# Local and Global Performance Optimization of Coupled Models

Load balancing is important for achieving good performance of coupled models. The purpose of load balancing the model is to reduce processor idle time as much as possible. From a scientific productivity standpoint, the ultimate goal of performance optimizations is to increase model throughput–i.e., how much can be simulated per unit of wall clock time.

A recent paper about performance engineering of the Community Earth System Model (CESM) discusses current approaches to load balancing and performance optimization for that model [1]. The authors describe a two-step process to performance optimization: First, some empirical data is gathered about the performance of each constituent at different processor counts for the given platform and problem specification. Second, the local performance information is used to decide how to assign processors to maximize the coupled model’s throughput. Like most climate models, CESM’s constituent models are parallel applications in their own right with a number of different parameters that can be tuned to optimize performance.

At the current time, climate model performance is dominated by computation, not communication. Therefore, model throughput is improved best by ensuring that computations of the constituent models overlap as much as possible so that processor idle time is reduced to a minimum. This tuning is done primarily by carefully choosing the number of processors to allocate to each constituent. The whole process is more or less a trial-and-error tuning guided by empirical performance data for each of the constituents.

For current processor counts, the “enlightened trial-and-error” procedure works relatively well. However, as we approach the exascale era, it is expected that the performance characteristics of the models will change significantly. At today’s typical processor counts, the coupler overhead does not introduce a significant performance penalty. A study by the Earth System Modeling Framework shows that for one typical configuration of CESM, time spent in the coupler is less than 3% of the total running time [2]. However, at very large processor counts, the number of messages required for both intra- and inter-model communication increases dramatically such that optimization of the coupler will become important to maintain high model throughput. The last set of experiments in the CESM report supports to this prediction: For the highest resolution runs, the percentage of time spent inside the coupler increases dramatically when compared to typical resolution runs. At some processor counts, the coupler accounts for nearly half of the execution time [1].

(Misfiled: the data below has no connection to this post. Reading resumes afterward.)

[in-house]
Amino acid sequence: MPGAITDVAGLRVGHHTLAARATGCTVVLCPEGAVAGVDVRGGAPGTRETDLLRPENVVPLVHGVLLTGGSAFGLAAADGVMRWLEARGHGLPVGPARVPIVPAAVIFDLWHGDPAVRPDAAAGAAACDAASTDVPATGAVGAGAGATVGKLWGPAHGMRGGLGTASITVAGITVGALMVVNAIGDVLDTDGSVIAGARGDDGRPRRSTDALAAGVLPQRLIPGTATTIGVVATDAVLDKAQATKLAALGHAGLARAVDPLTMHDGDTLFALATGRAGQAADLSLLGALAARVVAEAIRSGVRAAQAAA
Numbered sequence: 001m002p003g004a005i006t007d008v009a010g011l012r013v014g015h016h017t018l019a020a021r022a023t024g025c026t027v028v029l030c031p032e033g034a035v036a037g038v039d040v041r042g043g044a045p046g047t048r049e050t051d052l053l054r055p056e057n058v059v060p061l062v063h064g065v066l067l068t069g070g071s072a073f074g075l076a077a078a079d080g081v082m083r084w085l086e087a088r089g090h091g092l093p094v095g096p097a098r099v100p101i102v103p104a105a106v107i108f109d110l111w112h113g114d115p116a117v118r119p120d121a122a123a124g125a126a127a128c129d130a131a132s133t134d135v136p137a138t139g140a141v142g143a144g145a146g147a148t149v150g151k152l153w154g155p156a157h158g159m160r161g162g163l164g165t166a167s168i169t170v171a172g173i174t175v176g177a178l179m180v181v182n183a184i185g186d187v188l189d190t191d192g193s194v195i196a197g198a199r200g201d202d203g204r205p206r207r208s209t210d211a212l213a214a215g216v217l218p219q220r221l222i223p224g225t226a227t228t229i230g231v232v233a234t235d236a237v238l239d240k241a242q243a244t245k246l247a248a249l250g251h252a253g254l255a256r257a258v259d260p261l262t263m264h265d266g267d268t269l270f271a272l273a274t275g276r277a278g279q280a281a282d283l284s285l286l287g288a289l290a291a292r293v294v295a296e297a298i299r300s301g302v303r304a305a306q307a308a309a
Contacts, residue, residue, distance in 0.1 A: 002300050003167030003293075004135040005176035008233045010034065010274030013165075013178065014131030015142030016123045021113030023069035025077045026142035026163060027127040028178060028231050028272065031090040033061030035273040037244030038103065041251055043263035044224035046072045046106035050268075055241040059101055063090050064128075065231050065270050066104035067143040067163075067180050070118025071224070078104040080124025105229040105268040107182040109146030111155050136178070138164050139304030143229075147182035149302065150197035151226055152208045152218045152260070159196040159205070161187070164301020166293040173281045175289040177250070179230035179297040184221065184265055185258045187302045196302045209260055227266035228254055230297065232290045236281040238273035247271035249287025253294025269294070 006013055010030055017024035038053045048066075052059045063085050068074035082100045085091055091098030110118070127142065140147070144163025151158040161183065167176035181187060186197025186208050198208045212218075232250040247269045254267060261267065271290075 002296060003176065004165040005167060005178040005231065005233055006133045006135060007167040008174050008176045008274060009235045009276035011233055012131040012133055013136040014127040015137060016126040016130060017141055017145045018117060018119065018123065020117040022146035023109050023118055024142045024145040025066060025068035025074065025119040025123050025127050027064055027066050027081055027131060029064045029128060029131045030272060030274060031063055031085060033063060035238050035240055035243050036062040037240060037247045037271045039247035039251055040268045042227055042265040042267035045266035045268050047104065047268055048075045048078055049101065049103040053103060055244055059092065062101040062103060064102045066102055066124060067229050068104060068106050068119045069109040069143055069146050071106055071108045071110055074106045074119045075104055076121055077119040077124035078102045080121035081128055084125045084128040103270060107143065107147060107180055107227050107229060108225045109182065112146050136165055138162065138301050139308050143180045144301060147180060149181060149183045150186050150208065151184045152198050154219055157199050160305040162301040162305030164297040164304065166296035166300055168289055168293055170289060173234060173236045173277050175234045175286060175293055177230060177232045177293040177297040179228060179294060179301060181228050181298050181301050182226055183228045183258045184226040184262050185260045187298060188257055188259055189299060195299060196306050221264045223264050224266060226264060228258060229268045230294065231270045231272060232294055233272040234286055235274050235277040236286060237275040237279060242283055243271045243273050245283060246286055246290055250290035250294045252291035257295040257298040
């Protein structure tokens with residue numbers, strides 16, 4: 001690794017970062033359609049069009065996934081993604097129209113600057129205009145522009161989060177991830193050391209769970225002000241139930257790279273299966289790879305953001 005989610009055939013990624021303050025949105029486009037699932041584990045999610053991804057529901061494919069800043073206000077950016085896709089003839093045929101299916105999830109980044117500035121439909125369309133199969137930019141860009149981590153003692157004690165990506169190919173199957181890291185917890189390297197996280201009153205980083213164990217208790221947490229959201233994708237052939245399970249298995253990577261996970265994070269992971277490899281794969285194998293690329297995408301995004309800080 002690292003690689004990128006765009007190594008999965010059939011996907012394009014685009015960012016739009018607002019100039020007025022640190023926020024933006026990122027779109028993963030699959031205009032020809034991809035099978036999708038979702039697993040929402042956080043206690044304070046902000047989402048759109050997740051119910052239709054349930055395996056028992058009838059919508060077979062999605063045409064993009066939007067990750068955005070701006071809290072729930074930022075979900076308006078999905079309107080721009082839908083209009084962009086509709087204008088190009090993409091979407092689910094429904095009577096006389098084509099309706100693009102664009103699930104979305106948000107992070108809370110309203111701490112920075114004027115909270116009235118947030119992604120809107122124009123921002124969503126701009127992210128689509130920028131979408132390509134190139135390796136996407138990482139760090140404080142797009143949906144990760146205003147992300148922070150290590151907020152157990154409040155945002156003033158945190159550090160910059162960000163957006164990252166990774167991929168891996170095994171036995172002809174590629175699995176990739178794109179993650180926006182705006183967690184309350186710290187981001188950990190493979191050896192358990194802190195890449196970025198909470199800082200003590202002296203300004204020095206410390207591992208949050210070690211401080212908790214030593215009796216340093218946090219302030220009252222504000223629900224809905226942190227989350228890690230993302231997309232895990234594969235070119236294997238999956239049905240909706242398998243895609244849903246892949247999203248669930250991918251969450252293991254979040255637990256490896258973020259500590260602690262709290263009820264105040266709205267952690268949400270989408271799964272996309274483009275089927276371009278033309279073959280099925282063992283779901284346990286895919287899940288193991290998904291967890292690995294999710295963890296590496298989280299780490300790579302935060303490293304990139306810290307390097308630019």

The current performance tuning approach is convenient because it allows the user to focus on local optimizations while still giving reasonably good global performance characteristics. Unfortunately, the changes introduced by the next generation of supercomputer will likely require a change in performance tuning strategies. Namely, more thought will have to be put into global performance optimization of the models because it is less likely that executing locally optimized models in parallel will give the best model throughput. Much of this cost will be due to a shift from computation to communication as the performance bottleneck. Effective performance tuning will require the assistance of tools such as automatic load balancers. Such tools should take as input a set of requirements (e.g., the set of constituent models) and local performance characteristics of each constituent, and generate a configuration that is globally optimized for maximum throughput. Unlike local optimization, global optimizations take into account knowledge of the system as a whole, such as the pair-wise communication requirements among the constituent models. In some cases, it might be that the globally optimized configuration is not locally optimal. For example, we might configure the decomposition of the land model to more closely match that of the atmosphere in order to reduce land/atmosphere communication. In this case it is possible that the land’s decomposition results in a reduced throughput for that constituent, even though it ensures higher throughput of the coupled system.